||Re-entry of Progress Spacecraft 42P |
Have you ever wondered how the astronauts and cosmonauts on board the International Space Station (ISS) take out their trash? Several times a year, robotic spacecraft carrying a variety of items including food, water, fuel, oxygen, medical supplies, replacement parts, and research materials are launched from Earth to dock with the ISS. These spacecraft are built and launched by the ISS international partners Russia, Japan, and the European Space Agency. After its cargo has been transferred to the ISS, the spacecraft is refilled with refuse, and then undocked and de-orbited—essentially using the Earth’s atmosphere as an incinerator for both the spent spacecraft and the refuse.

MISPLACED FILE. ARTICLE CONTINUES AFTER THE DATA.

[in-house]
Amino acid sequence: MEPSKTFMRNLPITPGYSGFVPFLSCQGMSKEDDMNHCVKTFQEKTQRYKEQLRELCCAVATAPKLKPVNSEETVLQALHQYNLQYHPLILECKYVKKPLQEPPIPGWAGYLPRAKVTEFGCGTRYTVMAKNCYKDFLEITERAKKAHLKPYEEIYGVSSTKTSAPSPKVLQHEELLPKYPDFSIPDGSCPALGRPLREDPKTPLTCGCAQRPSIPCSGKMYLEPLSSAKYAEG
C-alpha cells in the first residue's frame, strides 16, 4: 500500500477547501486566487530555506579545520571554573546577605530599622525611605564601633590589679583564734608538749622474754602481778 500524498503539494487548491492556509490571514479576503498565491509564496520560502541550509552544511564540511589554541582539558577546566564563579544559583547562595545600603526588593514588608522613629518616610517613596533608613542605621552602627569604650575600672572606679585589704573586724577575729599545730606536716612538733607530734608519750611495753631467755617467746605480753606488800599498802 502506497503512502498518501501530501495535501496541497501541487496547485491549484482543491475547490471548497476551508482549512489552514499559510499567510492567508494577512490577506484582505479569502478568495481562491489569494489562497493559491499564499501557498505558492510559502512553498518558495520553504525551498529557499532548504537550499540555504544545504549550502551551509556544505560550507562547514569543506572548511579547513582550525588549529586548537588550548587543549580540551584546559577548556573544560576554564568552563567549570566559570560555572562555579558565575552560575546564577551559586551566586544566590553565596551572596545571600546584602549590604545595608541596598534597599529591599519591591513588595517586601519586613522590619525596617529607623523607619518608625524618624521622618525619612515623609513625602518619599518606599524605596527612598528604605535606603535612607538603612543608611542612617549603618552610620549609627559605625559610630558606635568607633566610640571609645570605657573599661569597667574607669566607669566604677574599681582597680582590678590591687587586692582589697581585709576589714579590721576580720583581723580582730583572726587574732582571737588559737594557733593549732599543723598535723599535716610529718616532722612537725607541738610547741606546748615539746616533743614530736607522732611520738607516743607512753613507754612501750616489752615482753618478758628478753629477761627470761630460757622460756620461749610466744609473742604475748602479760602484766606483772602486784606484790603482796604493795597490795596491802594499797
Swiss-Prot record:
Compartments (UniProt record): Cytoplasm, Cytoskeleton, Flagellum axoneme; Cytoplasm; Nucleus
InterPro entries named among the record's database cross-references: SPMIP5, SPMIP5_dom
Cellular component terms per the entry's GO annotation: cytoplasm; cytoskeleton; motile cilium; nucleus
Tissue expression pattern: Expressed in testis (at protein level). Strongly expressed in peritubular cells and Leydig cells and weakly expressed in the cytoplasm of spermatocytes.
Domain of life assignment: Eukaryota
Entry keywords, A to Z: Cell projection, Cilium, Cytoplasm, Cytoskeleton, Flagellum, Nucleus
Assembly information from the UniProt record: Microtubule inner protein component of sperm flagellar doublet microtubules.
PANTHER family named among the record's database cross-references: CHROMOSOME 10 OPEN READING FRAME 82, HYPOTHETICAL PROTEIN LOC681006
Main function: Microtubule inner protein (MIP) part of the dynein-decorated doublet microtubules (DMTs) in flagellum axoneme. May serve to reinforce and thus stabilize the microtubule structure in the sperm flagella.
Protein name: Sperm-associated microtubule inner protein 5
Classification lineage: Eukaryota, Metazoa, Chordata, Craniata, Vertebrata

This unusual astronaut photograph highlights the reentry plasma trail (image center) of one such spacecraft, the ISS Progress 42P (Russian designation M-10M) supply vehicle. The Progress spacecraft is based on the Soyuz design, and can fly autonomously or under remote control from the ISS. Progress 42P docked at the ISS on April 29 2011, and was undocked and de-orbited approximately 183 days later on October 29 2011.
The ISS was located over the southern Pacific Ocean when this image was taken. Light from the rising sun illuminates the curvature of the Earth limb (horizon line) at image top, but does not completely overwhelm the airglow visible at image top left. Airglow is caused by light emitted at specific wavelengths by atoms and molecules excited by ultraviolet radiation in the upper atmosphere.